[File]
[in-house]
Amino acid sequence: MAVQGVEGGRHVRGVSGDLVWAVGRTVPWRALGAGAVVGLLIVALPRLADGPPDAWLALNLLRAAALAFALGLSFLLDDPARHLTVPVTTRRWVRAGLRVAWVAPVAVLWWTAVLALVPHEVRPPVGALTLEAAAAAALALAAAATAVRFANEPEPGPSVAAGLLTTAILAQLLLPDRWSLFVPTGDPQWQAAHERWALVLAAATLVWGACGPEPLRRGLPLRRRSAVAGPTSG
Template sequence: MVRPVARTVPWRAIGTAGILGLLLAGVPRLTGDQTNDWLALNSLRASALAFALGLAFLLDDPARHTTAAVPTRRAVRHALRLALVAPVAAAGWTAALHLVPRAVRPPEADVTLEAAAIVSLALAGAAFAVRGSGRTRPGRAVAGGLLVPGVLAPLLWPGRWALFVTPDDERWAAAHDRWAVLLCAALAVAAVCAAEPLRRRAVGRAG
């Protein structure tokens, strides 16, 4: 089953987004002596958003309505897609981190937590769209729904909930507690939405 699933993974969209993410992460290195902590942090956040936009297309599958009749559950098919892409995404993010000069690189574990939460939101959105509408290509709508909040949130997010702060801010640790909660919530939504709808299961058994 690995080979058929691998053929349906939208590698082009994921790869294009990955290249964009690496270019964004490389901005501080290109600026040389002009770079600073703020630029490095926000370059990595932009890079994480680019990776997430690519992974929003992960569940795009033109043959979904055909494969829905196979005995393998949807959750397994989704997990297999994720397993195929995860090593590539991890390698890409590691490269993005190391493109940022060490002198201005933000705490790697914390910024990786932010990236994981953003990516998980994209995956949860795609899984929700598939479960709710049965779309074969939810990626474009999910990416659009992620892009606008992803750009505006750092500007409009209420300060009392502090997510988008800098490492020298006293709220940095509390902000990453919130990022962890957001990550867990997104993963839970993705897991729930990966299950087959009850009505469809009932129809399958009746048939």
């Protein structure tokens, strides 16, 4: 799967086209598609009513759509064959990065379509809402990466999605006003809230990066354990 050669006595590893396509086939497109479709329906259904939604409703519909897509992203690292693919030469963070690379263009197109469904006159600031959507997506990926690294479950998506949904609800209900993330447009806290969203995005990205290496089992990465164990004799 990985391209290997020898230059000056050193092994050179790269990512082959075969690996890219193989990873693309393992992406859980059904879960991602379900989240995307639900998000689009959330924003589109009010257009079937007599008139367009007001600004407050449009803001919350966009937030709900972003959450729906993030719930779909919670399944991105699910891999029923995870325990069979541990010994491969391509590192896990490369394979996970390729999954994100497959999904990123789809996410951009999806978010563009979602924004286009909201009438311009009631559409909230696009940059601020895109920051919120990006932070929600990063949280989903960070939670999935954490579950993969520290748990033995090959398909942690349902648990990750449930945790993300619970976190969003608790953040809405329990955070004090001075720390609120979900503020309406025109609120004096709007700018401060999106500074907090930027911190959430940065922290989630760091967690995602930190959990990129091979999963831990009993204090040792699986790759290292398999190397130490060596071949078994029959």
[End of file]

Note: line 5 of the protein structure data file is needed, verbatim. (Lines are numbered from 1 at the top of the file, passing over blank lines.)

């Protein structure tokens, strides 16, 4: 799967086209598609009513759509064959990065379509809402990466999605006003809230990066354990 050669006595590893396509086939497109479709329906259904939604409703519909897509992203690292693919030469963070690379263009197109469904006159600031959507997506990926690294479950998506949904609800209900993330447009806290969203995005990205290496089992990465164990004799 990985391209290997020898230059000056050193092994050179790269990512082959075969690996890219193989990873693309393992992406859980059904879960991602379900989240995307639900998000689009959330924003589109009010257009079937007599008139367009007001600004407050449009803001919350966009937030709900972003959450729906993030719930779909919670399944991105699910891999029923995870325990069979541990010994491969391509590192896990490369394979996970390729999954994100497959999904990123789809996410951009999806978010563009979602924004286009909201009438311009009631559409909230696009940059601020895109920051919120990006932070929600990063949280989903960070939670999935954490579950993969520290748990033995090959398909942690349902648990990750449930945790993300619970976190969003608790953040809405329990955070004090001075720390609120979900503020309406025109609120004096709007700018401060999106500074907090930027911190959430940065922290989630760091967690995602930190959990990129091979999963831990009993204090040792699986790759290292398999190397130490060596071949078994029959």